Flood of 1997: Edith Blinsmon credited with saving Riverside Manor in Grand Forks from wrecking ball
GRAND FORKS — A proposal after the flood of 1997 would have put Grand Forks' Riverside Manor on the wet side of the dike, which would have led to its demolition and forced out the dozens of elderly and disabled residents who call it home.
But one resident, Edith Blinsmon, was determined to keep the building standing.
"I don't know if I played any part in keeping it, but I'd like to think I did," she said.
Riverside Manor was in the path of a levee under construction. Without realignment, the building would have needed to be torn down to make way for the clay dike system.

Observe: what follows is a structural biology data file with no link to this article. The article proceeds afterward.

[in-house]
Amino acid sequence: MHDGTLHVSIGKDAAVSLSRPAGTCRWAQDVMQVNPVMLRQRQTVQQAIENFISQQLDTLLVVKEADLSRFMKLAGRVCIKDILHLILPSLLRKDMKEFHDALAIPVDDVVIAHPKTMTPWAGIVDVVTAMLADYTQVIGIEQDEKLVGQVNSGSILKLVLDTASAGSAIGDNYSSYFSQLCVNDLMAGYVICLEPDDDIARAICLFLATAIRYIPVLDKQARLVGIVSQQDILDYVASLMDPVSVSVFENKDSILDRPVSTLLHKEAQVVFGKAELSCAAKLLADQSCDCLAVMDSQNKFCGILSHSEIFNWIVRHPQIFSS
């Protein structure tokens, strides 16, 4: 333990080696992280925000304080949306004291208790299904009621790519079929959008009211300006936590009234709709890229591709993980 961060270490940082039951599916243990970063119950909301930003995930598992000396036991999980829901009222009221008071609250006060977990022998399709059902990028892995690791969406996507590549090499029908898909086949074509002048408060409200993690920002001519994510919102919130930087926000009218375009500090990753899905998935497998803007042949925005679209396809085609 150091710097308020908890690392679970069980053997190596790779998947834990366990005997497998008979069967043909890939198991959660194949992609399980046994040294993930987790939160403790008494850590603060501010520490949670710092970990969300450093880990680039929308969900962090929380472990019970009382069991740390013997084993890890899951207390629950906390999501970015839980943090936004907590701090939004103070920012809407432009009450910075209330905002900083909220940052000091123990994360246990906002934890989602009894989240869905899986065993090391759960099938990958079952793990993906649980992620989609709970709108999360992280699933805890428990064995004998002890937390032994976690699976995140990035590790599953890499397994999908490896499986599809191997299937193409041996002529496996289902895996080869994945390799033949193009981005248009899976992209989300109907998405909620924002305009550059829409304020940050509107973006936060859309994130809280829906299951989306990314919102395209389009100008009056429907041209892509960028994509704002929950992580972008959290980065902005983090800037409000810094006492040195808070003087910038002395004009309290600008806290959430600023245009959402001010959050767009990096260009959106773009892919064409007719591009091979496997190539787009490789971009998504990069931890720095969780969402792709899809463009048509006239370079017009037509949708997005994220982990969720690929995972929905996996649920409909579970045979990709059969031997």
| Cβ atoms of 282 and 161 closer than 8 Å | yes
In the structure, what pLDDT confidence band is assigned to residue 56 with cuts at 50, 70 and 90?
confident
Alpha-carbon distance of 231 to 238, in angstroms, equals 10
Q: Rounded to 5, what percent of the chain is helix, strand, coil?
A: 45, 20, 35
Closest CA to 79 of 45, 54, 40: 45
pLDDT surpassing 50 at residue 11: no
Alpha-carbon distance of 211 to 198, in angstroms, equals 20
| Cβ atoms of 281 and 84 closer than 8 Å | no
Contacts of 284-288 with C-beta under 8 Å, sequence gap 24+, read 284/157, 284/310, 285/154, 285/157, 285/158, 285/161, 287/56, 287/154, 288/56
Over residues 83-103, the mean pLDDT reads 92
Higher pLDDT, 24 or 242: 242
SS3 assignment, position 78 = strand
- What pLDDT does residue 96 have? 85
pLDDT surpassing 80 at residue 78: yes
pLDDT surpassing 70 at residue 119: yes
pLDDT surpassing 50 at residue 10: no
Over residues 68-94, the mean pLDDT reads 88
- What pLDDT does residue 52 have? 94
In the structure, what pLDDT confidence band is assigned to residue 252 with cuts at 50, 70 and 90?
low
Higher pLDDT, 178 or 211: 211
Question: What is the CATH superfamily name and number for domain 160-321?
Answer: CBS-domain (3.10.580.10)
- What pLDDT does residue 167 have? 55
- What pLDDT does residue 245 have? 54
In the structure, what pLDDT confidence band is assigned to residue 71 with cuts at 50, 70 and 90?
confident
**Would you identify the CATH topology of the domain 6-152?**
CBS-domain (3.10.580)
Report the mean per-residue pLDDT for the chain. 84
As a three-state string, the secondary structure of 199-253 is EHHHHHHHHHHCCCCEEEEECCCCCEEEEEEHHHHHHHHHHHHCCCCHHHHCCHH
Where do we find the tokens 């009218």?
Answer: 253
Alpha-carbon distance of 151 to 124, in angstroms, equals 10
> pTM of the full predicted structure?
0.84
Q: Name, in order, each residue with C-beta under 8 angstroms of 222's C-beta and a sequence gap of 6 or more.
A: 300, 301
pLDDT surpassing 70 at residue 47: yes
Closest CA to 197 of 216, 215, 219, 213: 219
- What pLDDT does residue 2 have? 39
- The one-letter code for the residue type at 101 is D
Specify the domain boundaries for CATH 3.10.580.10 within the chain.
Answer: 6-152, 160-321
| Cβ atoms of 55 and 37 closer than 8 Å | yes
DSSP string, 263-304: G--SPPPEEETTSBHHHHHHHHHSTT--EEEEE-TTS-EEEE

Riverside Manor is on the National Register of Historic Places. Originally built in 1907 as St. Michael's Hospital, the building features Classical Revival architecture. The St. Michael's Nurses' Residence was added in 1913.
In the days of flood recovery, residents of Riverside Manor signed a petition to express their desire to stay in their homes, and Blinsmon also wrote a letter to city officials.
Eventually, the city decided to build the dike behind the building, sparing the unique building and its residents.
The building's interior was updated in the early 1990s, and more recently, new windows were added and it underwent an exterior paint job. Dozens of people call it home yet today.